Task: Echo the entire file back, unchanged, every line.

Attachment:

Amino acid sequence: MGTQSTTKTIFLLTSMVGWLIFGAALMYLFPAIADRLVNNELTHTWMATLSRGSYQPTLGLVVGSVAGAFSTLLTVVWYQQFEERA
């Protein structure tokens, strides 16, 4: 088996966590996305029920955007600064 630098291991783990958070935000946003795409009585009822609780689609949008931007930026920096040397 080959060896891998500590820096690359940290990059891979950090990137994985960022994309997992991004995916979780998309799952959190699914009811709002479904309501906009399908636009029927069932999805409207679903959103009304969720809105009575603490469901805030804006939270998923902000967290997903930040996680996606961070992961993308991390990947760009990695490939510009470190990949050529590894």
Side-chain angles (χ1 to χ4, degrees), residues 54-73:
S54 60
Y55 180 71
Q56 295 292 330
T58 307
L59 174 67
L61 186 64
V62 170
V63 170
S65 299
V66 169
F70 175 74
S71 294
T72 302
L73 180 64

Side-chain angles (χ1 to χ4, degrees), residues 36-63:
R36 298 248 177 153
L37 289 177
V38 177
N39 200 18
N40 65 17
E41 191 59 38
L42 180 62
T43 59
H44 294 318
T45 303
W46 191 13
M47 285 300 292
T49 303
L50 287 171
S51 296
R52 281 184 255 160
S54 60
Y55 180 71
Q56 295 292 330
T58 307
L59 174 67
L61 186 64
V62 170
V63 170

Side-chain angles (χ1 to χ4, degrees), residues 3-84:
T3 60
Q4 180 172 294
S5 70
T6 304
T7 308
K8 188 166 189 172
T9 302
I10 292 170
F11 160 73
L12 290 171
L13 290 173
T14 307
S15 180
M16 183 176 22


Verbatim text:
Amino acid sequence: MGTQSTTKTIFLLTSMVGWLIFGAALMYLFPAIADRLVNNELTHTWMATLSRGSYQPTLGLVVGSVAGAFSTLLTVVWYQQFEERA
């Protein structure tokens, strides 16, 4: 088996966590996305029920955007600064 630098291991783990958070935000946003795409009585009822609780689609949008931007930026920096040397 080959060896891998500590820096690359940290990059891979950090990137994985960022994309997992991004995916979780998309799952959190699914009811709002479904309501906009399908636009029927069932999805409207679903959103009304969720809105009575603490469901805030804006939270998923902000967290997903930040996680996606961070992961993308991390990947760009990695490939510009470190990949050529590894």
Side-chain angles (χ1 to χ4, degrees), residues 54-73:
S54 60
Y55 180 71
Q56 295 292 330
T58 307
L59 174 67
L61 186 64
V62 170
V63 170
S65 299
V66 169
F70 175 74
S71 294
T72 302
L73 180 64

Side-chain angles (χ1 to χ4, degrees), residues 36-63:
R36 298 248 177 153
L37 289 177
V38 177
N39 200 18
N40 65 17
E41 191 59 38
L42 180 62
T43 59
H44 294 318
T45 303
W46 191 13
M47 285 300 292
T49 303
L50 287 171
S51 296
R52 281 184 255 160
S54 60
Y55 180 71
Q56 295 292 330
T58 307
L59 174 67
L61 186 64
V62 170
V63 170

Side-chain angles (χ1 to χ4, degrees), residues 3-84:
T3 60
Q4 180 172 294
S5 70
T6 304
T7 308
K8 188 166 189 172
T9 302
I10 292 170
F11 160 73
L12 290 171
L13 290 173
T14 307
S15 180
M16 183 176 22